Memorial Day traditionally marks the start of summer fun and travel—for those who can afford it. Those who can’t include hotel housekeepers, who like many U.S. workers over the past three decades have seen the standard features of a middle-class lifestyle grow even farther out of reach while productivity has more than doubled. For instance, hotel housekeepers’ pay has not kept up with the price of a hotel room. In the 1960s and 1970s, a housekeeper could afford a hotel room with her day’s wages; by 2012 her wages only covered 78 percent of the average cost ($83/$106).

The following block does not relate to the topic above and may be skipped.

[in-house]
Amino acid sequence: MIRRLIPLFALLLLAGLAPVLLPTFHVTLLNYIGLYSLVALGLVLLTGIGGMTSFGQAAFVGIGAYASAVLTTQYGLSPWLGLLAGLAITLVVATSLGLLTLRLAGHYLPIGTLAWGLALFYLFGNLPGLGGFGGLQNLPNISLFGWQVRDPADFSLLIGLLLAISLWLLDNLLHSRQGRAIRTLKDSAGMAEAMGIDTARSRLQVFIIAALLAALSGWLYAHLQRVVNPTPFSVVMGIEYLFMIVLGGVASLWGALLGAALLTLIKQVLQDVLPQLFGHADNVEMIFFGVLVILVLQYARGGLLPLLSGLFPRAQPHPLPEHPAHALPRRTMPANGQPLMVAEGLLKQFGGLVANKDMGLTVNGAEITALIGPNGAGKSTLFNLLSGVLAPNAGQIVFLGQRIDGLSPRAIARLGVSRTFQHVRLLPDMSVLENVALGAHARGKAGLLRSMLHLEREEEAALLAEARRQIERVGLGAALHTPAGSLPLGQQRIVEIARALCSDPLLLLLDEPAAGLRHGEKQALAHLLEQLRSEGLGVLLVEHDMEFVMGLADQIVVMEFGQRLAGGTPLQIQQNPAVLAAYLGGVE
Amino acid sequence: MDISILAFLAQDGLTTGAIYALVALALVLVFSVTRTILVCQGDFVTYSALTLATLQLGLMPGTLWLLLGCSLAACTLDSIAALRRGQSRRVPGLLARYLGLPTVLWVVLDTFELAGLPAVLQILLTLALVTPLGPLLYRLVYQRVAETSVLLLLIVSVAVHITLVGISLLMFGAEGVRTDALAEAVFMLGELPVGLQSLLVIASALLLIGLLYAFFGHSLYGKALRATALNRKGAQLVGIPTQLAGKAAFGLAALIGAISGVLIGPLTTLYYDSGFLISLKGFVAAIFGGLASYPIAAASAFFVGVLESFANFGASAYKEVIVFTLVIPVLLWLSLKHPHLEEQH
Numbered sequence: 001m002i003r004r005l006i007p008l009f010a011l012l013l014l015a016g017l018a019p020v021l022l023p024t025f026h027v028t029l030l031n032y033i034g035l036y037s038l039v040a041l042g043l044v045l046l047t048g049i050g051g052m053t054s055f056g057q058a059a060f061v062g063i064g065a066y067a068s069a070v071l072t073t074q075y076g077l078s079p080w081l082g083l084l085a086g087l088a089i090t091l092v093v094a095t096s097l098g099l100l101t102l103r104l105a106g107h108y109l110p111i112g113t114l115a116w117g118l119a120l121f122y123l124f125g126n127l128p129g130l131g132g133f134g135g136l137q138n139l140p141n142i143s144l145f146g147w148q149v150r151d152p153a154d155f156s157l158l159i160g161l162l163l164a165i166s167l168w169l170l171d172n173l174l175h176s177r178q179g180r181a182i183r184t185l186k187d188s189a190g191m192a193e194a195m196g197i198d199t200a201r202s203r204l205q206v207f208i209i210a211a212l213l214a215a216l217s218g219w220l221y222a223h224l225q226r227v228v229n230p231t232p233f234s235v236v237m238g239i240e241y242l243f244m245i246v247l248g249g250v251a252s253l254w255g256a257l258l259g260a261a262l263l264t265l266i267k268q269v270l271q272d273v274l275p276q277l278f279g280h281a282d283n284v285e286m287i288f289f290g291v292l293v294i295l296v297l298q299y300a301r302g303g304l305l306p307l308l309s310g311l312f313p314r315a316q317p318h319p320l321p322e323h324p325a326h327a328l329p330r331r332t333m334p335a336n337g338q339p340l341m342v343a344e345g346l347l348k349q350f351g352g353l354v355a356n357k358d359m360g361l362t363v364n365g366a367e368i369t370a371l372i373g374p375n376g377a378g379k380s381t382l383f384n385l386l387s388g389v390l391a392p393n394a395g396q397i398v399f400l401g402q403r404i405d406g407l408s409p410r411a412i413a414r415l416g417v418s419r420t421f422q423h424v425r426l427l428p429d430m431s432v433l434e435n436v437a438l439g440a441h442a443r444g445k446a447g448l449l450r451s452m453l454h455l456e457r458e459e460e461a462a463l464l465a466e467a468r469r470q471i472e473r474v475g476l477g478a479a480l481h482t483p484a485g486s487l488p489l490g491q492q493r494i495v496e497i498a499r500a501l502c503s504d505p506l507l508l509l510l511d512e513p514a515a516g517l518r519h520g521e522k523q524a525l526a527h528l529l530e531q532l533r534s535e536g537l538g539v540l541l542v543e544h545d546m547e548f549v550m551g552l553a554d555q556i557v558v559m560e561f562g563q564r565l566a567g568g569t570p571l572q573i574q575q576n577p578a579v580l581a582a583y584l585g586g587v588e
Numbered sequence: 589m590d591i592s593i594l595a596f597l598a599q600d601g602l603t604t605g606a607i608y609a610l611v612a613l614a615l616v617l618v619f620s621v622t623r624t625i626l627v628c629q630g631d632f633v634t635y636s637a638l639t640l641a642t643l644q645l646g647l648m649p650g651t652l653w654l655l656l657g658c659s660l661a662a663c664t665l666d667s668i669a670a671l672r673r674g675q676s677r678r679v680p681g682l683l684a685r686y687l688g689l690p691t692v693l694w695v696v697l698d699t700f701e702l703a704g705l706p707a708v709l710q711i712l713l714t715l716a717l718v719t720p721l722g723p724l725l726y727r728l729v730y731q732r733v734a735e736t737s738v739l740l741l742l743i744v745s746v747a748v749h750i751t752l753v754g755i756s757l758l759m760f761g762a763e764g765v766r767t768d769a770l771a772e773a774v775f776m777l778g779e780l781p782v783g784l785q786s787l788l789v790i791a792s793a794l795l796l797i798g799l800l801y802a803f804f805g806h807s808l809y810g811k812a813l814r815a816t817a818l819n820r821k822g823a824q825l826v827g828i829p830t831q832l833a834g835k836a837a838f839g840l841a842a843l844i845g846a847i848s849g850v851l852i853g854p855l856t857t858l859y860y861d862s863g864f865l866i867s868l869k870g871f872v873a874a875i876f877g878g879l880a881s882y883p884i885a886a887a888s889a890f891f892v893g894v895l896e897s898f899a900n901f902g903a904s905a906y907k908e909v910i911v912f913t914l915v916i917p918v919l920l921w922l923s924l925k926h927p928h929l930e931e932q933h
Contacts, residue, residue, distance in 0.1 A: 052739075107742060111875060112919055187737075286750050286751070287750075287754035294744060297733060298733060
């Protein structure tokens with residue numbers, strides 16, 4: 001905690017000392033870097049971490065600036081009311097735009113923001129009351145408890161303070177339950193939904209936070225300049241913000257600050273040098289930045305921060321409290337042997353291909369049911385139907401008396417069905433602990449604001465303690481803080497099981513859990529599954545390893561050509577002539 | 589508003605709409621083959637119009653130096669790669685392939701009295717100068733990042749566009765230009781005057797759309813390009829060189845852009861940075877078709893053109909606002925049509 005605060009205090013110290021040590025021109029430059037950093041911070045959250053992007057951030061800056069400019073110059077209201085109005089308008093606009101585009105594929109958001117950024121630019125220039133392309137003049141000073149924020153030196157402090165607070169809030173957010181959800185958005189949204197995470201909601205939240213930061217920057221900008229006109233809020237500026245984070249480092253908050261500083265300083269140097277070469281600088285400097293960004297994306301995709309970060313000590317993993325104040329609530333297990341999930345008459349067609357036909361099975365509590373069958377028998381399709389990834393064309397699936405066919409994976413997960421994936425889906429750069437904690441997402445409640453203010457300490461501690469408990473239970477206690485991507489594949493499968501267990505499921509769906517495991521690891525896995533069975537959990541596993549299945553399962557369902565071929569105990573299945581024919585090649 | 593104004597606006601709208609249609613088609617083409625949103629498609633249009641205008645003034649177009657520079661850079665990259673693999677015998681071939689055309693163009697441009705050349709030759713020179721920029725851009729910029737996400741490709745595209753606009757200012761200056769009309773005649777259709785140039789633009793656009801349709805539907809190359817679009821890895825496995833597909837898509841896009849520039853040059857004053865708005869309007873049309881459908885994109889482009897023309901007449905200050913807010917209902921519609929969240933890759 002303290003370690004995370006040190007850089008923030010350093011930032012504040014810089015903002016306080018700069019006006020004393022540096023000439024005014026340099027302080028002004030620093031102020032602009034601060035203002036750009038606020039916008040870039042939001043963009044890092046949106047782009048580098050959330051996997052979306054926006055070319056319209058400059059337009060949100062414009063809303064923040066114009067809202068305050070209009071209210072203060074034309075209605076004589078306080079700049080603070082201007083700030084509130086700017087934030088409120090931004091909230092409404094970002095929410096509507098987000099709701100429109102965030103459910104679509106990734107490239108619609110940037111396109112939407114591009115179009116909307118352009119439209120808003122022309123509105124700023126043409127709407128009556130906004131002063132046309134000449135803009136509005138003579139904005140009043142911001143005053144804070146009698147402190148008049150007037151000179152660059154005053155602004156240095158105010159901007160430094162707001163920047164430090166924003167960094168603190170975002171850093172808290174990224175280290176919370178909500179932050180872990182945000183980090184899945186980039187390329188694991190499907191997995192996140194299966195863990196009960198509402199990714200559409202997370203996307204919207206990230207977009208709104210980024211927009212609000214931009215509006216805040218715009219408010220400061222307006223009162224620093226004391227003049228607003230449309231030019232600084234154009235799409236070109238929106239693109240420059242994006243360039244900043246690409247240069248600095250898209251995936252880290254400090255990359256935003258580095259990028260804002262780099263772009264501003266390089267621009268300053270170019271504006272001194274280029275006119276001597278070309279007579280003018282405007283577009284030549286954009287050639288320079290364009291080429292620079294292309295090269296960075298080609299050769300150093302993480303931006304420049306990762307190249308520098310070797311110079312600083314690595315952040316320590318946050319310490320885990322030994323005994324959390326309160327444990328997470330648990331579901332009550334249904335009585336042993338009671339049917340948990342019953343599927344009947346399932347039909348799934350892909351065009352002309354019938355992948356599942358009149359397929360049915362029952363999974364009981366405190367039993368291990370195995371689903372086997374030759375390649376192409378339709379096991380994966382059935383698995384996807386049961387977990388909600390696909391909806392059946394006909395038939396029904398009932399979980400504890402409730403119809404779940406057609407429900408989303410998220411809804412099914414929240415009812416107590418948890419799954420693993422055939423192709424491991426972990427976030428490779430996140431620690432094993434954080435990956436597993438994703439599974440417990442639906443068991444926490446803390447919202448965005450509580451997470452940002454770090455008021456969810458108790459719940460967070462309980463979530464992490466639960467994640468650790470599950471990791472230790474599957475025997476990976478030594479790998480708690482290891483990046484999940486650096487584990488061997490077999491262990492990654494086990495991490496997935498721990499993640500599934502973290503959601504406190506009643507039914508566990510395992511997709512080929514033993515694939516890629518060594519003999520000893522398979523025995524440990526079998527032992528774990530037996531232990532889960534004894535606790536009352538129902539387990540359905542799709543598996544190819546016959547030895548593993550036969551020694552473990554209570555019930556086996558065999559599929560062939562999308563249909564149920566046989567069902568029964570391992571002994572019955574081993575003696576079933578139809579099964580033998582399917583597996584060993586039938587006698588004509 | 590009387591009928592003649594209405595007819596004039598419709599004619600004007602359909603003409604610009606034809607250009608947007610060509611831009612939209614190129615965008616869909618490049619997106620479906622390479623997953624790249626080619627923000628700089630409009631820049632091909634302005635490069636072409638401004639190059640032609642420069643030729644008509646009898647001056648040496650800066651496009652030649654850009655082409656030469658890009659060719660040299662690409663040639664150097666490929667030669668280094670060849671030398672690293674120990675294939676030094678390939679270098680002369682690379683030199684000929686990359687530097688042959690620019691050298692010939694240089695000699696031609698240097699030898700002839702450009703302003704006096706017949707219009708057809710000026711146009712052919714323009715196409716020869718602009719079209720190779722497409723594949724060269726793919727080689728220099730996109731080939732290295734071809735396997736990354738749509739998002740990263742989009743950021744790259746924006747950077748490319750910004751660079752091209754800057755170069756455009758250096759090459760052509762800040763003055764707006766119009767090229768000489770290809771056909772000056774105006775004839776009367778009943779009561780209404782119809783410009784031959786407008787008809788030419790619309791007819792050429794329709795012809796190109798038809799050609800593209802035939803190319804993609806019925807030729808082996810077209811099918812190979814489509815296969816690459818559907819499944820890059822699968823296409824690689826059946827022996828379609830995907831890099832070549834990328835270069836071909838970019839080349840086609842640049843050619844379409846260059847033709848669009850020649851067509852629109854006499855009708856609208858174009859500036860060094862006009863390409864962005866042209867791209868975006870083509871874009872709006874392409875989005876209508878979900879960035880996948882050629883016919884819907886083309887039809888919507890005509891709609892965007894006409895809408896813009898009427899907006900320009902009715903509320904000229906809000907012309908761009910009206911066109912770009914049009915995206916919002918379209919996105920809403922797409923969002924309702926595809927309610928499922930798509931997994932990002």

Hotel housekeepers, many of whom are women of color and immigrants, typically clean 15 rooms and bathrooms a day and suffer high injury rates. Though they are paid somewhat more than the $7.25/hour minimum—the average (mean) hourly rate was $10.33 in 2012—like many low-paid workers their pay has been indirectly affected by the erosion of the real value of the minimum wage. In inflation-adjusted terms (not shown), housekeepers’ pay has barely budged since the late 1970s. Unionized workers in the industry are paid 24 percent more on average than non-unionized workers and enjoy employee benefits and other components of a middle-class lifestyle.